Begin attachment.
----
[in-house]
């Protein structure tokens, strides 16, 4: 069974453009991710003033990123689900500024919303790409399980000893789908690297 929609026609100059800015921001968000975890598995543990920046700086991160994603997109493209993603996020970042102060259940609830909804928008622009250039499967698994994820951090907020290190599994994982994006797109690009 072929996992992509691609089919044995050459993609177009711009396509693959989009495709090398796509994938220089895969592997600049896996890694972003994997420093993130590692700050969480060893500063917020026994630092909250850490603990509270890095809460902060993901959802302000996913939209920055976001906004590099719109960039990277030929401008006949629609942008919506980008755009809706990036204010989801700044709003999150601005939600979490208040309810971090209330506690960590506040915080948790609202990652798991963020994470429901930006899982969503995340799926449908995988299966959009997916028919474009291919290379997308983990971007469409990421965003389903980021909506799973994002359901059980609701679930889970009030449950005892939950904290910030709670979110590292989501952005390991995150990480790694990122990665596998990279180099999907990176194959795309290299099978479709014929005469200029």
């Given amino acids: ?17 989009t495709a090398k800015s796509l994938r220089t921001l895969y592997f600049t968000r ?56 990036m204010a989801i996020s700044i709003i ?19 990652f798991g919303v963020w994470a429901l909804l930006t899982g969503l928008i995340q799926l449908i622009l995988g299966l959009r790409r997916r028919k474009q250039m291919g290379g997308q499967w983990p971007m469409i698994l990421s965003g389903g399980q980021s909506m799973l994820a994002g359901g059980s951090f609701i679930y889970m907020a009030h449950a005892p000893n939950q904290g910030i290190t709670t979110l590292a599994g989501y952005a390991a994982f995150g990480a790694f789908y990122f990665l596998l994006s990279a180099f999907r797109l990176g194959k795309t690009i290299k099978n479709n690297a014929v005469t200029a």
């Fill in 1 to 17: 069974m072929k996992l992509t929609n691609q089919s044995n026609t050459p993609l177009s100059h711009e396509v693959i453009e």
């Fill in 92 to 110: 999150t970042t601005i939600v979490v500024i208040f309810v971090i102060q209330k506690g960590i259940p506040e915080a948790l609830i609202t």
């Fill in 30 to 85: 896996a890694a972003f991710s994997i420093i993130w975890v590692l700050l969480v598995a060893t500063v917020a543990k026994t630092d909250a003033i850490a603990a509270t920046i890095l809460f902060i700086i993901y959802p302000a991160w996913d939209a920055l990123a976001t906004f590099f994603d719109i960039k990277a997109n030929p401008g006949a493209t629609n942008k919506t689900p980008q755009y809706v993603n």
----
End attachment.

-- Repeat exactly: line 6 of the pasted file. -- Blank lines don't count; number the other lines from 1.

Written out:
């Fill in 30 to 85: 896996a890694a972003f991710s994997i420093i993130w975890v590692l700050l969480v598995a060893t500063v917020a543990k026994t630092d909250a003033i850490a603990a509270t920046i890095l809460f902060i700086i993901y959802p302000a991160w996913d939209a920055l990123a976001t906004f590099f994603d719109i960039k990277a997109n030929p401008g006949a493209t629609n942008k919506t689900p980008q755009y809706v993603n």